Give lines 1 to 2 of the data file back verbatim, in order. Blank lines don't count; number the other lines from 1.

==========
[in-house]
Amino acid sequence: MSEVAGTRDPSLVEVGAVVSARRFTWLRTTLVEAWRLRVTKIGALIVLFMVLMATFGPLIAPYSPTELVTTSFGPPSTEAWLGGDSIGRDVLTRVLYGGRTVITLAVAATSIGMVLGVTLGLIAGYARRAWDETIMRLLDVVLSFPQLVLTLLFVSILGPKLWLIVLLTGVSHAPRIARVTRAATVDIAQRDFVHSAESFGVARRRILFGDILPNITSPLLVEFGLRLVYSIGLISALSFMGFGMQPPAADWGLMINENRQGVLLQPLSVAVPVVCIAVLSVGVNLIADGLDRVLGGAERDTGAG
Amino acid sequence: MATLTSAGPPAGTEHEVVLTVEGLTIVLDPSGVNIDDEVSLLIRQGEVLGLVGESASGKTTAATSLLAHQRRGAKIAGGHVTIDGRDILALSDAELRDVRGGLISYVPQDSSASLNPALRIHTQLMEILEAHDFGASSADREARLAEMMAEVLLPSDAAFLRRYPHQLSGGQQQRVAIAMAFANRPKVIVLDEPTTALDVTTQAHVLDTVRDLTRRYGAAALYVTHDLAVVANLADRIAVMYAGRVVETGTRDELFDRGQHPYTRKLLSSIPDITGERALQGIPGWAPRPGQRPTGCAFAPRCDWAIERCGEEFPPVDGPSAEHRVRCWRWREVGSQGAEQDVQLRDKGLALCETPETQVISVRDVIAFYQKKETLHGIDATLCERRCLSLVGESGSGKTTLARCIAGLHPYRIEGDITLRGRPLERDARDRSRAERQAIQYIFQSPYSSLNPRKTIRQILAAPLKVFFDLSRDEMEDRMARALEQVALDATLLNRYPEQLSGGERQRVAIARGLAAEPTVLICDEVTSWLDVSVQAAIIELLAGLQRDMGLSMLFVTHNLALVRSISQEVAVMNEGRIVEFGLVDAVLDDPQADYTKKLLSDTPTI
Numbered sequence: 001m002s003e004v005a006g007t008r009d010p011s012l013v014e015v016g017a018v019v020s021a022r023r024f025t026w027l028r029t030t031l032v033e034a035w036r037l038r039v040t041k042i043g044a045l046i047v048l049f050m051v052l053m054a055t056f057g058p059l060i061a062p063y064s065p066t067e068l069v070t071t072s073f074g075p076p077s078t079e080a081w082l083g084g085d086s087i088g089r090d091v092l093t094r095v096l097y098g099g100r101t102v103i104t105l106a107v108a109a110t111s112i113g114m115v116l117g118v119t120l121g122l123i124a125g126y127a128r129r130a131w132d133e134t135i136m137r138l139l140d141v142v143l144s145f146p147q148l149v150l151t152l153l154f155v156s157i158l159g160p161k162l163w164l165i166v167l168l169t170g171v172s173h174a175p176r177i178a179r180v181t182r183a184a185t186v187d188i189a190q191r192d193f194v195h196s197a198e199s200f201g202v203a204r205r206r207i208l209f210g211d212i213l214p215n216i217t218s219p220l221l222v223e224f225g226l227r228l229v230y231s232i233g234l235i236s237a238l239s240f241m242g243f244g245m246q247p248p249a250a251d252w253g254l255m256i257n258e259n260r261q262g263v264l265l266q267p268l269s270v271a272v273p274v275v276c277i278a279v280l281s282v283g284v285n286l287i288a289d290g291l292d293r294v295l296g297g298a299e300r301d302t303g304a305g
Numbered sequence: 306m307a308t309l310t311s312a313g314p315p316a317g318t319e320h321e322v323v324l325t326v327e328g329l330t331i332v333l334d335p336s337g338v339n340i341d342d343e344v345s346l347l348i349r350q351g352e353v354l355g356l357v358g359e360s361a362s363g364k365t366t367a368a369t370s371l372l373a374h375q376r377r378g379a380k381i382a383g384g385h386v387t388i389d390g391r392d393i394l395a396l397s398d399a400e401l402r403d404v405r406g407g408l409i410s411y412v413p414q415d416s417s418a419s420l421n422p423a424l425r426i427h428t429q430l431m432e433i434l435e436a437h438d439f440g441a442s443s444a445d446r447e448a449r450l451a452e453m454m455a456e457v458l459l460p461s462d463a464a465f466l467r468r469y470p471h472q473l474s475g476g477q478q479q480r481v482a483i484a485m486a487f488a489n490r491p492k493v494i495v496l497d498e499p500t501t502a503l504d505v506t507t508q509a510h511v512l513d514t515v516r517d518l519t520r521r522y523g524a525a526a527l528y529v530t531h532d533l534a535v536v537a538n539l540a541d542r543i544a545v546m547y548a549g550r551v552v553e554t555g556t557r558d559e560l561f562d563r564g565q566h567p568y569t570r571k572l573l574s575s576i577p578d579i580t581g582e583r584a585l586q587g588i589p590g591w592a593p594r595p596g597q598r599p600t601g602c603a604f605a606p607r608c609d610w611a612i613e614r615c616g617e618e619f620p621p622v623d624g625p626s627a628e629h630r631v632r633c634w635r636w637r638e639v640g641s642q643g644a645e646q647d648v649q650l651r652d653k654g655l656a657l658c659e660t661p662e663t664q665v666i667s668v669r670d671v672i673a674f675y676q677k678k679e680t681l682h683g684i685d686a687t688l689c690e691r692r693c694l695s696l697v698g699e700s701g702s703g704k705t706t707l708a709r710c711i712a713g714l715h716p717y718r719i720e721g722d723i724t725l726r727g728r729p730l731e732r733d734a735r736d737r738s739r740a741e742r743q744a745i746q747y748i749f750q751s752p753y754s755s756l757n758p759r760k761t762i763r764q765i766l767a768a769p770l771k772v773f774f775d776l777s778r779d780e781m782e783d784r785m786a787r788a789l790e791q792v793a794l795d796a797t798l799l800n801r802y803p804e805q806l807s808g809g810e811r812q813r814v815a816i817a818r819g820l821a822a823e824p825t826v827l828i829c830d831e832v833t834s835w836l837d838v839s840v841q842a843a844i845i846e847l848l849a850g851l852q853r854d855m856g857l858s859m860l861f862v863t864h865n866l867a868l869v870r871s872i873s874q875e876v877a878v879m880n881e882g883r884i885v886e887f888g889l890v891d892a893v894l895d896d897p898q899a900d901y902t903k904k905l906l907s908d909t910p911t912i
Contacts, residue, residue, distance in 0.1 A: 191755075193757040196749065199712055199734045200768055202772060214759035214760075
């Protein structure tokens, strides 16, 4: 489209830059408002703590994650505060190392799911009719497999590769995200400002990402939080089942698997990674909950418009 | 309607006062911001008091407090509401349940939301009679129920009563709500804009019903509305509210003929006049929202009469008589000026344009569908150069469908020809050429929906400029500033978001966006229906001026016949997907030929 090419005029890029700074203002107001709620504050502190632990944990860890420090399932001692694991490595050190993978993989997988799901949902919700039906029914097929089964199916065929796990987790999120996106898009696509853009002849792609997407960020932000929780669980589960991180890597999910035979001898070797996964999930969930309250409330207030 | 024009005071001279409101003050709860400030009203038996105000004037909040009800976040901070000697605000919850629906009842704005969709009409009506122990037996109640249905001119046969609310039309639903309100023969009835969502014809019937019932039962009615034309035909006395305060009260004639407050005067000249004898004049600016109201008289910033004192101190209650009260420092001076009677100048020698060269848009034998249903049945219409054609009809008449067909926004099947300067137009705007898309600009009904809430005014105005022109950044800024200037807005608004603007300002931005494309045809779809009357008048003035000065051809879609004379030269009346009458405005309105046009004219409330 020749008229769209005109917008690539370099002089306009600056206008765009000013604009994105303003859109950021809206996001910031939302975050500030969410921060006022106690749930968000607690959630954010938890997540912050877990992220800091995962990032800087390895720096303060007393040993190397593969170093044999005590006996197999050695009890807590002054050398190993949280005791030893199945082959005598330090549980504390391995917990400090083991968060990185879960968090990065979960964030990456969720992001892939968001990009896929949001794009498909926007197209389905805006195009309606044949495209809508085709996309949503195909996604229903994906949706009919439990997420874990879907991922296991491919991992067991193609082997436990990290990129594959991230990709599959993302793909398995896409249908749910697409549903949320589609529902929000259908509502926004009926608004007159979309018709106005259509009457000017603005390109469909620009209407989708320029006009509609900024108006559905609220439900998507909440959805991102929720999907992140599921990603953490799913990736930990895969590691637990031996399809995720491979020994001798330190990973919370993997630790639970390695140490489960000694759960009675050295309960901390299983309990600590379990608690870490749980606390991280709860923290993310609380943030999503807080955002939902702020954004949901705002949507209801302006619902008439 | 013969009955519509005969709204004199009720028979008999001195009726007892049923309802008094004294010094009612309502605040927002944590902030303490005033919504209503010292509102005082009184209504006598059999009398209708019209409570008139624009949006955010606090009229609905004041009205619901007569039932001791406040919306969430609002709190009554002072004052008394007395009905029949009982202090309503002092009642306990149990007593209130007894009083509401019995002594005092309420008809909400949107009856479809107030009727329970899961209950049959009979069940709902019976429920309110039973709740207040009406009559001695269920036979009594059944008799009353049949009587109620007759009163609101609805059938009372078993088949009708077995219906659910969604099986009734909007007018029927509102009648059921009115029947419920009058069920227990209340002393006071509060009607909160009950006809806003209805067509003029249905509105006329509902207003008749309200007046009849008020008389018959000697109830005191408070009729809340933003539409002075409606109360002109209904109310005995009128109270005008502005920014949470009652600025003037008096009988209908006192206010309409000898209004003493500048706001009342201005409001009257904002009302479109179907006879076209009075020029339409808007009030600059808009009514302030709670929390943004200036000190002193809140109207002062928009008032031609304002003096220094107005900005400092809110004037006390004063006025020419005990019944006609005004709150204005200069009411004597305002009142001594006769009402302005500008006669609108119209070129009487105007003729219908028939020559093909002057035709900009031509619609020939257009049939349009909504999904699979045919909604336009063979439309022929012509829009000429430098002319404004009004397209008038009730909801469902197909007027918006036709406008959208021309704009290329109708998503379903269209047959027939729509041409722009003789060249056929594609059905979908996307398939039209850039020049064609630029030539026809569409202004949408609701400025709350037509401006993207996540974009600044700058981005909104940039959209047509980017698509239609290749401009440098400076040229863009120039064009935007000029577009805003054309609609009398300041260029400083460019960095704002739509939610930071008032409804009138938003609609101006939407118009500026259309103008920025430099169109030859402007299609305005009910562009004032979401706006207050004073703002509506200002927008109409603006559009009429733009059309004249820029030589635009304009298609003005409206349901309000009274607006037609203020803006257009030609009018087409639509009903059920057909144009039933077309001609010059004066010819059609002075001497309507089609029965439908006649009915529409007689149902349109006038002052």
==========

[in-house]
Amino acid sequence: MSEVAGTRDPSLVEVGAVVSARRFTWLRTTLVEAWRLRVTKIGALIVLFMVLMATFGPLIAPYSPTELVTTSFGPPSTEAWLGGDSIGRDVLTRVLYGGRTVITLAVAATSIGMVLGVTLGLIAGYARRAWDETIMRLLDVVLSFPQLVLTLLFVSILGPKLWLIVLLTGVSHAPRIARVTRAATVDIAQRDFVHSAESFGVARRRILFGDILPNITSPLLVEFGLRLVYSIGLISALSFMGFGMQPPAADWGLMINENRQGVLLQPLSVAVPVVCIAVLSVGVNLIADGLDRVLGGAERDTGAG